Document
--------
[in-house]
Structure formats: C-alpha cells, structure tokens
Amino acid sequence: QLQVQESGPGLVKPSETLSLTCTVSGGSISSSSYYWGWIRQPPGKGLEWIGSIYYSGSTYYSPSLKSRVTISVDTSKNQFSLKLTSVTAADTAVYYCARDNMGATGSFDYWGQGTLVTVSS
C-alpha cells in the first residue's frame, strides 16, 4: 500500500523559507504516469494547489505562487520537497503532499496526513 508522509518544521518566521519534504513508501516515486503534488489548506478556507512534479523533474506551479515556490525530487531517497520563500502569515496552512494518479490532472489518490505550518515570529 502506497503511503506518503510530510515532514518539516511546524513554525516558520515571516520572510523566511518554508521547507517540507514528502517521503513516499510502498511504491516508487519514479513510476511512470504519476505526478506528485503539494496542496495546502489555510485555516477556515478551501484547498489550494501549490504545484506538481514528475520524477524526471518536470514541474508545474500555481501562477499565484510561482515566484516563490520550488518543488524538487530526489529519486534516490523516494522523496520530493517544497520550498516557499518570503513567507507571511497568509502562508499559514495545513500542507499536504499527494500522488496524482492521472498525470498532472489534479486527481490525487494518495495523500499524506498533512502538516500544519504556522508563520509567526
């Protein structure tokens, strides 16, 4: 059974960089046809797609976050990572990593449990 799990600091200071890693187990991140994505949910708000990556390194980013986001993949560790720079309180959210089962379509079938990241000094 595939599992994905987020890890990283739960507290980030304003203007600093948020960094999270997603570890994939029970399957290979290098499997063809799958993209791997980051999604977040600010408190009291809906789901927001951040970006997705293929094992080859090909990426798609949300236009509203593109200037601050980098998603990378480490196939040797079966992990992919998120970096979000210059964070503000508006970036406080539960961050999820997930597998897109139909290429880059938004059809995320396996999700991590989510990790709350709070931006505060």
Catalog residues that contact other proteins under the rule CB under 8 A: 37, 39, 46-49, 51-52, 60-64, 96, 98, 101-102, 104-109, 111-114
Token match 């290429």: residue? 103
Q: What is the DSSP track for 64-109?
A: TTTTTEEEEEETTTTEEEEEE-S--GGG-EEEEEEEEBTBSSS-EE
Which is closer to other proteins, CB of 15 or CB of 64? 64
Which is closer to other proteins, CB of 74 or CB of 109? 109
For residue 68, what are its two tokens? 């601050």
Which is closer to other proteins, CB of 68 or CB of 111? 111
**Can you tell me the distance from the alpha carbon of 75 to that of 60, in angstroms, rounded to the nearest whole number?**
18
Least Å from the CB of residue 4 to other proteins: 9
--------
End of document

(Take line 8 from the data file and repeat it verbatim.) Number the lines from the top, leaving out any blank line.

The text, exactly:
Q: What is the DSSP track for 64-109?